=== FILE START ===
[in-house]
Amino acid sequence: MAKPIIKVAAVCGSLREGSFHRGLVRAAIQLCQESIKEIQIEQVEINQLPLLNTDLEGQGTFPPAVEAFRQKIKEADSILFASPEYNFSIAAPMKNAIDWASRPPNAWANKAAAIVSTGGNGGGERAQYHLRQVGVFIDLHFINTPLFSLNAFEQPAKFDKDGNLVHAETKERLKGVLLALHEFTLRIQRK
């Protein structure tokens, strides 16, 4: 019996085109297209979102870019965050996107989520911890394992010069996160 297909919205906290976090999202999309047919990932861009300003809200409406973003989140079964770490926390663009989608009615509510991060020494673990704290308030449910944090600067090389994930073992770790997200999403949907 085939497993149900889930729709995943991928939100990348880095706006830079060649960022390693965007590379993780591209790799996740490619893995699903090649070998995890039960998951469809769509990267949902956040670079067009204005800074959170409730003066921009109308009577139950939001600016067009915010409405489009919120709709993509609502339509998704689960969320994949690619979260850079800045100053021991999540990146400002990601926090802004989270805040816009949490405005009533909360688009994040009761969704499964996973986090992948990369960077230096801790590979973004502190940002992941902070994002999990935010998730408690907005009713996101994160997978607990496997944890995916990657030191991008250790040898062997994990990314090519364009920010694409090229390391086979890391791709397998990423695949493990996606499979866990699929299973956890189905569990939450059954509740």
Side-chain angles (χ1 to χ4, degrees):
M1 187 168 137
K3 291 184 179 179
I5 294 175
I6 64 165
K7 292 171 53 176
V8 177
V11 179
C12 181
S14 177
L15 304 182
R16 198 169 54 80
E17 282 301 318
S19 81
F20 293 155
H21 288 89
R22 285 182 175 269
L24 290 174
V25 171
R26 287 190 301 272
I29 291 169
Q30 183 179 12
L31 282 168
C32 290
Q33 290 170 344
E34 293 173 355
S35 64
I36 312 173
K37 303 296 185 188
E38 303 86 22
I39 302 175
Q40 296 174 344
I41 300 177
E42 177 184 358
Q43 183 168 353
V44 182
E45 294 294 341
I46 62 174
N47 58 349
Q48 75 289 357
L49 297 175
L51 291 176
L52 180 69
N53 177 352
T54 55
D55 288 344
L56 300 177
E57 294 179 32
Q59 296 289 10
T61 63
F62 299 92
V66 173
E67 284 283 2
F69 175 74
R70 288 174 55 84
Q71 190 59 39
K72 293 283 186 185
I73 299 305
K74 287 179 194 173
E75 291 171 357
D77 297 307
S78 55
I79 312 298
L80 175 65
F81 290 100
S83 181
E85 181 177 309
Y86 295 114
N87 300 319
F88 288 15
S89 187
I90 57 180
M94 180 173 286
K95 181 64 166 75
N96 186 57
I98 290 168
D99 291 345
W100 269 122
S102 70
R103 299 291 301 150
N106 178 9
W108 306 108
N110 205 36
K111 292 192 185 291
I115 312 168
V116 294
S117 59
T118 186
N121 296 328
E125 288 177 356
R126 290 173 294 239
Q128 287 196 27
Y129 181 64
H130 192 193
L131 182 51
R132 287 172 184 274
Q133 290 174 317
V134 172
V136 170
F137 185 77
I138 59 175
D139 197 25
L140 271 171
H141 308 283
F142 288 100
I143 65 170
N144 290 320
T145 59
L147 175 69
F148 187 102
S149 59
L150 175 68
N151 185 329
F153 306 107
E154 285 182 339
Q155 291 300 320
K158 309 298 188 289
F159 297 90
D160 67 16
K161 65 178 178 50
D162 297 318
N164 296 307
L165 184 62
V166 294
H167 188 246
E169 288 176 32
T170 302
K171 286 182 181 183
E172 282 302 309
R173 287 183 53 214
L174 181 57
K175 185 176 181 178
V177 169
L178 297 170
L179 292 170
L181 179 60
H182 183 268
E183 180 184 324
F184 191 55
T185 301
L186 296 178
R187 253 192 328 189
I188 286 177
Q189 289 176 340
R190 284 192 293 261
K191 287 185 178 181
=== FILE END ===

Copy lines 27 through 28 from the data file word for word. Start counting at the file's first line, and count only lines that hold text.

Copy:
C32 290
Q33 290 170 344